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The Bulletin Axed After 128 Years

Australian Consolidated Press Magazine today announced that The Bulletin magazine is to close after 128 continuous years of publication.

This week’s edition will be the last for the iconic publication.

The cover of the final edition of The Bulletin, dated January 29, 2008
The Bulletin's last cover - Jan 29, 2008

The Bulletin began publication  in 1880 and became known as the “bushman’s bible”.  It was fiercely nationalistic and xenophobic, economically protectionist, and republican.  Until Donald Horne became editor in the 1960s, it carried the slogan, “Australia for the white man” on its front page.

The magazine was acquired by Sir Frank Packer in the  1960s.  It soon shed its commitment to publishing Australian literature.  It developed a link with the American Newsweek magazine and came to be seen less as a politically conservative publication.

Declining circulation over the past two decades caught up to the magazine with today’s announcement.

In recent times, the magazine has provided employment to a number of future politicians, including Bob Carr, Tony Abbott, Malcolm Turnbull and Maxine McKew.

Text of today’s media release from ACP Magazines:

ACP Magazines Chief Executive Officer, Scott Lorson, today announced that weekly news and current affairs title The Bulletin with Newsweek would cease publication from the current issue of the magazine which went on sale on 23 January 2008.

The Bulletin is Australia’s longest running magazine and was launched in 1880.

In the latest Audit Bureau of Circulations figures, The Bulletin had 57,039 in sales (Sept 07), which is down from circulation highs of over 100,000 in the mid 1990s. This trend is consistent with that experienced by many leading weekly news and current affairs magazines globally and is somewhat symptomatic of the impact of the internet on this particular genre.

“This is a sad day for all of us at ACP Magazines. The Bulletin has been an institution in Australian publishing and has provided its loyal readers with the best quality, in-depth news and current affairs analysis in the country. The Bulletin has often set the political agenda, broken many important stories and won many awards for journalism over the years,” Lorson said.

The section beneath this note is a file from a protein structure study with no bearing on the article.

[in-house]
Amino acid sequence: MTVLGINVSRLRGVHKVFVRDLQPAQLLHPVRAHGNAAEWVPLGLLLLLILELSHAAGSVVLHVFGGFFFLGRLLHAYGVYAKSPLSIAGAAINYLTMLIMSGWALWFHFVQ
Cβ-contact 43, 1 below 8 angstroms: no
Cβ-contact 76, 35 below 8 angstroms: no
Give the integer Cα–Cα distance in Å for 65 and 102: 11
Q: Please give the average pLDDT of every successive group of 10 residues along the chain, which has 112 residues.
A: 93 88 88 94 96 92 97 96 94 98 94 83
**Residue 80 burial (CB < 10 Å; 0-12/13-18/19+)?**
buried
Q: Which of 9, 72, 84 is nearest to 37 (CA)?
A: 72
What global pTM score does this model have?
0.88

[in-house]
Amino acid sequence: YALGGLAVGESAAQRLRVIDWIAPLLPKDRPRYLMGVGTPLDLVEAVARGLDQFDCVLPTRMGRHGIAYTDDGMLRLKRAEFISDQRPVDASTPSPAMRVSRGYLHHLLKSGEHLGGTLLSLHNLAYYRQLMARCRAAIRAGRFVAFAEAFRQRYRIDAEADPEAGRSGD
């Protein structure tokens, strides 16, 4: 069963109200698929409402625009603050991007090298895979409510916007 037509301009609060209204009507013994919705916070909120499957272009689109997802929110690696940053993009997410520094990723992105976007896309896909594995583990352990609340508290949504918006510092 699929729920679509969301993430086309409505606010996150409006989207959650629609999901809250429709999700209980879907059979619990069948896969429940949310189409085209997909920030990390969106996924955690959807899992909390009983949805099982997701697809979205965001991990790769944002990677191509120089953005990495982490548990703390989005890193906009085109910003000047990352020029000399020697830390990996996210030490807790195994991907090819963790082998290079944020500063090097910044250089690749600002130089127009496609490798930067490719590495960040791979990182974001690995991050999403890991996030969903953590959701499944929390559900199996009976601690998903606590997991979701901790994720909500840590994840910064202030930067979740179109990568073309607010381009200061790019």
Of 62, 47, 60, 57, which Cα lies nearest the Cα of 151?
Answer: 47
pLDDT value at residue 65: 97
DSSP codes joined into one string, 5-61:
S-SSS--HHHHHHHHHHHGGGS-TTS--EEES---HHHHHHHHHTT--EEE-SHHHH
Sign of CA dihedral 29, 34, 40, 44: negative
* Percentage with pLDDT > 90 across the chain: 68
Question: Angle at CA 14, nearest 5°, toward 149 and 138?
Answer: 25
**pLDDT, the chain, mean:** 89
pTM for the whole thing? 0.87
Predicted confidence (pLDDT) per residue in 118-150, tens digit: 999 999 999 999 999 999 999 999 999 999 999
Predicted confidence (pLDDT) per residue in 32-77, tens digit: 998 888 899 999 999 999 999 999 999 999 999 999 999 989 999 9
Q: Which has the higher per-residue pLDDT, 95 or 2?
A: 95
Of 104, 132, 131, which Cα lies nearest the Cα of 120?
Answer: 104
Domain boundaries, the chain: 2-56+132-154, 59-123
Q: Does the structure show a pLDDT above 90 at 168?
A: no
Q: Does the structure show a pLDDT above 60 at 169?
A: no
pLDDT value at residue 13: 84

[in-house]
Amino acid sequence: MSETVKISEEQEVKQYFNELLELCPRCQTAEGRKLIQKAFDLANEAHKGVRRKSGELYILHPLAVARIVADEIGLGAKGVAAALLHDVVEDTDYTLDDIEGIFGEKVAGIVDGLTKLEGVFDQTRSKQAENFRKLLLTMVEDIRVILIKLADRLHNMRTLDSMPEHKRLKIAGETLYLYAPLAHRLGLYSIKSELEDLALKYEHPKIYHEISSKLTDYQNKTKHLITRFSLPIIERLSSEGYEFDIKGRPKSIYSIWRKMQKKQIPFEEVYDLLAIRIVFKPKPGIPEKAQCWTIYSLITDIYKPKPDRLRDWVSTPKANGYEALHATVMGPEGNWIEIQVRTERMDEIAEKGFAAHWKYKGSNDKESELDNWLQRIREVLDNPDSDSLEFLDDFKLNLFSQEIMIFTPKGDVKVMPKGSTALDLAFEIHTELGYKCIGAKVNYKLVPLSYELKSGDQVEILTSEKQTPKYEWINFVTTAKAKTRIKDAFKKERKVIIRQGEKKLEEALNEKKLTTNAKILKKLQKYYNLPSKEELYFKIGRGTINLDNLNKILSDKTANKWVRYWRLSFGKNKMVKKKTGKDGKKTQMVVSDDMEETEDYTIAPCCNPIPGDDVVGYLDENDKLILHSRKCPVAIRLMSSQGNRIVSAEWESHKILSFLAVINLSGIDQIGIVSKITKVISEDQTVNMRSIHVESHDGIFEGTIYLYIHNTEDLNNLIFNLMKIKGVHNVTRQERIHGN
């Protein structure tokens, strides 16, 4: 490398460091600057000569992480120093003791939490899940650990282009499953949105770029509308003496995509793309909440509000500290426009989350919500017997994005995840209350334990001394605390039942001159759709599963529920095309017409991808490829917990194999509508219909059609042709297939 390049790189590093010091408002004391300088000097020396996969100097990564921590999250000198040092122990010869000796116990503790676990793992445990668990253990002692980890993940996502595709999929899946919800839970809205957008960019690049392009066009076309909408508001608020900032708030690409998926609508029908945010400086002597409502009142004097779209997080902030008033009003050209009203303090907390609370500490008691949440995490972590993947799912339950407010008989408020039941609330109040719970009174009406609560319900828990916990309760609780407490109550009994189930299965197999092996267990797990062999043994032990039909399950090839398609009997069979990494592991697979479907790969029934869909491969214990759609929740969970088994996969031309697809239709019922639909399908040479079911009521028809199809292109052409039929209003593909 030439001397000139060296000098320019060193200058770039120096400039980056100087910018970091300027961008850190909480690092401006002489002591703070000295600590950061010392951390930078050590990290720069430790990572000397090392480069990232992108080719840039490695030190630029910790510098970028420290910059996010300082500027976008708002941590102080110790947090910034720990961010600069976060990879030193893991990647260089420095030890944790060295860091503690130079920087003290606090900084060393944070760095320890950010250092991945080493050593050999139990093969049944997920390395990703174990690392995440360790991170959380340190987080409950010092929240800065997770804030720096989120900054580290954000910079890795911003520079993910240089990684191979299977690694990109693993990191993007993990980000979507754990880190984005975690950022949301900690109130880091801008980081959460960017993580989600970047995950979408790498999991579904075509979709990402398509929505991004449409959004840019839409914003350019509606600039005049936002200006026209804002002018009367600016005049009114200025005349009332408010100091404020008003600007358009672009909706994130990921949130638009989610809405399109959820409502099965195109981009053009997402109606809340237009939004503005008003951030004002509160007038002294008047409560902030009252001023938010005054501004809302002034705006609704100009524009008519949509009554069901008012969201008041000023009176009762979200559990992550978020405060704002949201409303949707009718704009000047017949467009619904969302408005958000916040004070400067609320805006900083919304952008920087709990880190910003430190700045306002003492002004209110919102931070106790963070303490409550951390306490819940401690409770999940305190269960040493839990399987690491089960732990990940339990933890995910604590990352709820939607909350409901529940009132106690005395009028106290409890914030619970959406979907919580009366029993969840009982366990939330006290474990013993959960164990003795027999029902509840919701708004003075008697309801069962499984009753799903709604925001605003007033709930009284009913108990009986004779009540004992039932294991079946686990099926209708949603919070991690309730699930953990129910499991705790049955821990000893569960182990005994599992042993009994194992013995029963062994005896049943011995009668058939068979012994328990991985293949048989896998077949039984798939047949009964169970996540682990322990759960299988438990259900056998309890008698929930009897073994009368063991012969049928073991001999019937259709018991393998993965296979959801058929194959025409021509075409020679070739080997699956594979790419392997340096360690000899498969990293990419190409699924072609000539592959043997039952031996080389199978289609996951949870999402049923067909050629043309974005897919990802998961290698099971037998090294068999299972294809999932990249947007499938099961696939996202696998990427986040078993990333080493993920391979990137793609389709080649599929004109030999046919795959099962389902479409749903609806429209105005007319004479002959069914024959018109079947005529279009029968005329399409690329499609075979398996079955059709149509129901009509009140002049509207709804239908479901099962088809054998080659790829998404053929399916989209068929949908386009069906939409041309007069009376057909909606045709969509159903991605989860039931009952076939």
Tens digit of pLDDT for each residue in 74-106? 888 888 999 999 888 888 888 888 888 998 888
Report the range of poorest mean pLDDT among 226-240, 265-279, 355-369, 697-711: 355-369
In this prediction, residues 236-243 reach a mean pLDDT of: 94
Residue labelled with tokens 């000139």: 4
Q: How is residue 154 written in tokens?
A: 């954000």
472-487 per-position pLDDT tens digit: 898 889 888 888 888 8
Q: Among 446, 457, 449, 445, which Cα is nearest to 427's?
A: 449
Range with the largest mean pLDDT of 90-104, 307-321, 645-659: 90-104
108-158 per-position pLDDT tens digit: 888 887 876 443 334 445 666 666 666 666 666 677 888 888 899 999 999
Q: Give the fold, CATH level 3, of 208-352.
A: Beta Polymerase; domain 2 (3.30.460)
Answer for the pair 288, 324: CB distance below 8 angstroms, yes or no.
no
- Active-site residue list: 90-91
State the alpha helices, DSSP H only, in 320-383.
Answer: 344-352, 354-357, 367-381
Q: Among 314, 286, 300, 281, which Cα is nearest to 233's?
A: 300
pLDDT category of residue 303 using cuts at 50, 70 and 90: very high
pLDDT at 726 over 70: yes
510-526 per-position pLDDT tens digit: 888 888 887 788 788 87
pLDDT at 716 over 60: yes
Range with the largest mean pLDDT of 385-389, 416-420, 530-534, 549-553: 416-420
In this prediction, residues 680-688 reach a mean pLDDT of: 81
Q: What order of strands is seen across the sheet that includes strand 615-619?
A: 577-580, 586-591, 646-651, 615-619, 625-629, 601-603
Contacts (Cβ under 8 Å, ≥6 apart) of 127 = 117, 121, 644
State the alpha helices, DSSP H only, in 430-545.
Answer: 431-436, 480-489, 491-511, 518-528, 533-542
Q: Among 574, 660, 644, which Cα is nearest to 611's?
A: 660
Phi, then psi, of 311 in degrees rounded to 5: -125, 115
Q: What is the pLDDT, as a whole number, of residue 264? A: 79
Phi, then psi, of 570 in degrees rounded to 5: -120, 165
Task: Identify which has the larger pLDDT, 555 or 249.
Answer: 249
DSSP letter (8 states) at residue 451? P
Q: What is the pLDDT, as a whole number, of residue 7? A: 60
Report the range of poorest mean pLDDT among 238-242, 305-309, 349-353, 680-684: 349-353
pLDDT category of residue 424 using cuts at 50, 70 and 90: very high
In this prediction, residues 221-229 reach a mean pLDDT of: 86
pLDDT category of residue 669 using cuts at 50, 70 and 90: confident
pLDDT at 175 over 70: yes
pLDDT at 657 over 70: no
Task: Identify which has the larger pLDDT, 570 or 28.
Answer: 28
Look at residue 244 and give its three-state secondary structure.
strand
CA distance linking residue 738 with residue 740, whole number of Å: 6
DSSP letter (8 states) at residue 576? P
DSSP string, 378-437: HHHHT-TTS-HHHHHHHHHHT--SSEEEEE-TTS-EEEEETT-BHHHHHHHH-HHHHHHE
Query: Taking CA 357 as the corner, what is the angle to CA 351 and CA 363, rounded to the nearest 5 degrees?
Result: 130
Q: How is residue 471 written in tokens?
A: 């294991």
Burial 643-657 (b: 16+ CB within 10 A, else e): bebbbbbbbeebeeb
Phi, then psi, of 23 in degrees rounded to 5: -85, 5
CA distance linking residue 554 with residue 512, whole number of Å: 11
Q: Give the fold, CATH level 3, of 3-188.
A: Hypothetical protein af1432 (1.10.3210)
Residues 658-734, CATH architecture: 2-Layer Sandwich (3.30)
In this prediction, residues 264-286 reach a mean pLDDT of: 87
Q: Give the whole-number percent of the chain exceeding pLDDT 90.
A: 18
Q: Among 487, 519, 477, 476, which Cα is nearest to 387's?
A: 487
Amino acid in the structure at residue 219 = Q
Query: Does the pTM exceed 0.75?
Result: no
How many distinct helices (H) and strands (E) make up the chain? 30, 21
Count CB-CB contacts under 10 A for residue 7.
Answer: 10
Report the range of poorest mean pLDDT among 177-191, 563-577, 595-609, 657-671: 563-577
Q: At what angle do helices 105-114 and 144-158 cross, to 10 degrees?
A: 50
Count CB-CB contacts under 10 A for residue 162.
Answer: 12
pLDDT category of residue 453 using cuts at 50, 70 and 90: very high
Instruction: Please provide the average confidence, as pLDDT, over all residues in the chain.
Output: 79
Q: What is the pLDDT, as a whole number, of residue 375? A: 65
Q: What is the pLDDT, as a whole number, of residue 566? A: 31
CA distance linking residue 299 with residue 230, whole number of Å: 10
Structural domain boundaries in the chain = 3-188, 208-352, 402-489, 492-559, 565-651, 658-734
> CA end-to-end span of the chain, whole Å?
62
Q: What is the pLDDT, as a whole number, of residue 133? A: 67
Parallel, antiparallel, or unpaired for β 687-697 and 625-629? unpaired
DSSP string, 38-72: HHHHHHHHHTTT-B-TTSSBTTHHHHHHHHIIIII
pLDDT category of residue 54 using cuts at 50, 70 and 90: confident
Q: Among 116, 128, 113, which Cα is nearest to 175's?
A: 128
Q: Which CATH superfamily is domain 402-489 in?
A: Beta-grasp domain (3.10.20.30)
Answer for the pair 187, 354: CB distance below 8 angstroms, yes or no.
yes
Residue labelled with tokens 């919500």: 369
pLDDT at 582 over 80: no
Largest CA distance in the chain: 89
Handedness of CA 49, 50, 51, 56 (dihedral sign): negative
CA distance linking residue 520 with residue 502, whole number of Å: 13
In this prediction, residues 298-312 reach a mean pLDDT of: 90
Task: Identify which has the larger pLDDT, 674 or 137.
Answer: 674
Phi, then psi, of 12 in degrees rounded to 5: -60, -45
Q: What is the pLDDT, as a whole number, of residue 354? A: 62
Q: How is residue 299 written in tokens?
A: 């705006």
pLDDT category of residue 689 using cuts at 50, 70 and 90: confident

“We have invested heavily in the title with top editorial, photographic and design staff who have been devoted to making The Bulletin the best of its genre. However, despite our best efforts, the magazine has simply not been commercially viable for some time. With limited prospects for improvement, the time has come to make a very tough decision.”

ACP Magazines Group Publisher Men’s & Specialist Titles, Phil Scott, said The Bulletin’s Editor-in-Chief John Lehmann had done an outstanding job since joining the magazine in mid 2006.

“John and his staff have maintained The Bulletin’s commitment to quality journalism and tackling the tough issues. Under his guidance it has won a Walkley Award and three Magazine Publishers Australia Awards,” Scott said.

Ian Law, Chief Executive Officer PBL Media, said the decision to close The Bulletin had been made reluctantly.

“We all had a sense of pride in the title. John Lehmann and his editorial team produced a top quality publication and should be commended. But the reality is that the publication has been running at a loss for a number of years and we could see no prospect of this trend being reversed,” Law said.

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Malcolm Farnsworth
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